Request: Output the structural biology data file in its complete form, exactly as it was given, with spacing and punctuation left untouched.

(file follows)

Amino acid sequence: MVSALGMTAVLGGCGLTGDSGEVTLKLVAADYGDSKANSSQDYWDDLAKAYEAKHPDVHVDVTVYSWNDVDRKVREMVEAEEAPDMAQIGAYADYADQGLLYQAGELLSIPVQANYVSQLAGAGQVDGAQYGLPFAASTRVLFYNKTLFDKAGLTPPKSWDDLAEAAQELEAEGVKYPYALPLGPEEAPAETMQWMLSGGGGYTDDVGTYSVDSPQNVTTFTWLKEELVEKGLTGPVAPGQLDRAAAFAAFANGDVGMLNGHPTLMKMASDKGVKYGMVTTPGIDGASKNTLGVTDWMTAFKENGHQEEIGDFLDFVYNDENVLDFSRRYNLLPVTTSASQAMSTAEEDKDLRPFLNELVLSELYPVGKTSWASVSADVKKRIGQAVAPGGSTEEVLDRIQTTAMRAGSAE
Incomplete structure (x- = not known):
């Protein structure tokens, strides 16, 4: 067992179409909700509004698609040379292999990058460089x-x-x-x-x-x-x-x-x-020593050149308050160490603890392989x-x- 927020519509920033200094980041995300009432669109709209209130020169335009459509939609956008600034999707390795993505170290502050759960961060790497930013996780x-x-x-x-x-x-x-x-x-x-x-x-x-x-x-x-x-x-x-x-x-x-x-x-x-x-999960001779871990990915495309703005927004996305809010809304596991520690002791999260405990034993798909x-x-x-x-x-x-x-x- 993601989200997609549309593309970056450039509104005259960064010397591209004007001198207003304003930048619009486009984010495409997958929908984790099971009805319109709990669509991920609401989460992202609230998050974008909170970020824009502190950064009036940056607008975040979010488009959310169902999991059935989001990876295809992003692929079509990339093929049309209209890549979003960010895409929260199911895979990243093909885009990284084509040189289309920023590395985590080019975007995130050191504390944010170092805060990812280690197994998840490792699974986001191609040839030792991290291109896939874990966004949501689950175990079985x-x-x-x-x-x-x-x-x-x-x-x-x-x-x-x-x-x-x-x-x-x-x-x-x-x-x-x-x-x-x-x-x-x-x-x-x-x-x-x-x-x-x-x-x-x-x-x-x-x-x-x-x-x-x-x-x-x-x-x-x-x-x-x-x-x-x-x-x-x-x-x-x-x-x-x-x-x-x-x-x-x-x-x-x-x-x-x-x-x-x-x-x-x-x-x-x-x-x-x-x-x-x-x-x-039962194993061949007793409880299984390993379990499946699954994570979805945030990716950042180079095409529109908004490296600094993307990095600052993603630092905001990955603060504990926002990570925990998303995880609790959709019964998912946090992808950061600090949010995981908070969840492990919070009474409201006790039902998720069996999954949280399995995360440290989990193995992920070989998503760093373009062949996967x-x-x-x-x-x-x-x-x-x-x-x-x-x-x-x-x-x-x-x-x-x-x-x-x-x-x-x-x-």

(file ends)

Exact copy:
Amino acid sequence: MVSALGMTAVLGGCGLTGDSGEVTLKLVAADYGDSKANSSQDYWDDLAKAYEAKHPDVHVDVTVYSWNDVDRKVREMVEAEEAPDMAQIGAYADYADQGLLYQAGELLSIPVQANYVSQLAGAGQVDGAQYGLPFAASTRVLFYNKTLFDKAGLTPPKSWDDLAEAAQELEAEGVKYPYALPLGPEEAPAETMQWMLSGGGGYTDDVGTYSVDSPQNVTTFTWLKEELVEKGLTGPVAPGQLDRAAAFAAFANGDVGMLNGHPTLMKMASDKGVKYGMVTTPGIDGASKNTLGVTDWMTAFKENGHQEEIGDFLDFVYNDENVLDFSRRYNLLPVTTSASQAMSTAEEDKDLRPFLNELVLSELYPVGKTSWASVSADVKKRIGQAVAPGGSTEEVLDRIQTTAMRAGSAE
Incomplete structure (x- = not known):
């Protein structure tokens, strides 16, 4: 067992179409909700509004698609040379292999990058460089x-x-x-x-x-x-x-x-x-020593050149308050160490603890392989x-x- 927020519509920033200094980041995300009432669109709209209130020169335009459509939609956008600034999707390795993505170290502050759960961060790497930013996780x-x-x-x-x-x-x-x-x-x-x-x-x-x-x-x-x-x-x-x-x-x-x-x-x-x-999960001779871990990915495309703005927004996305809010809304596991520690002791999260405990034993798909x-x-x-x-x-x-x-x- 993601989200997609549309593309970056450039509104005259960064010397591209004007001198207003304003930048619009486009984010495409997958929908984790099971009805319109709990669509991920609401989460992202609230998050974008909170970020824009502190950064009036940056607008975040979010488009959310169902999991059935989001990876295809992003692929079509990339093929049309209209890549979003960010895409929260199911895979990243093909885009990284084509040189289309920023590395985590080019975007995130050191504390944010170092805060990812280690197994998840490792699974986001191609040839030792991290291109896939874990966004949501689950175990079985x-x-x-x-x-x-x-x-x-x-x-x-x-x-x-x-x-x-x-x-x-x-x-x-x-x-x-x-x-x-x-x-x-x-x-x-x-x-x-x-x-x-x-x-x-x-x-x-x-x-x-x-x-x-x-x-x-x-x-x-x-x-x-x-x-x-x-x-x-x-x-x-x-x-x-x-x-x-x-x-x-x-x-x-x-x-x-x-x-x-x-x-x-x-x-x-x-x-x-x-x-x-x-x-x-039962194993061949007793409880299984390993379990499946699954994570979805945030990716950042180079095409529109908004490296600094993307990095600052993603630092905001990955603060504990926002990570925990998303995880609790959709019964998912946090992808950061600090949010995981908070969840492990919070009474409201006790039902998720069996999954949280399995995360440290989990193995992920070989998503760093373009062949996967x-x-x-x-x-x-x-x-x-x-x-x-x-x-x-x-x-x-x-x-x-x-x-x-x-x-x-x-x-």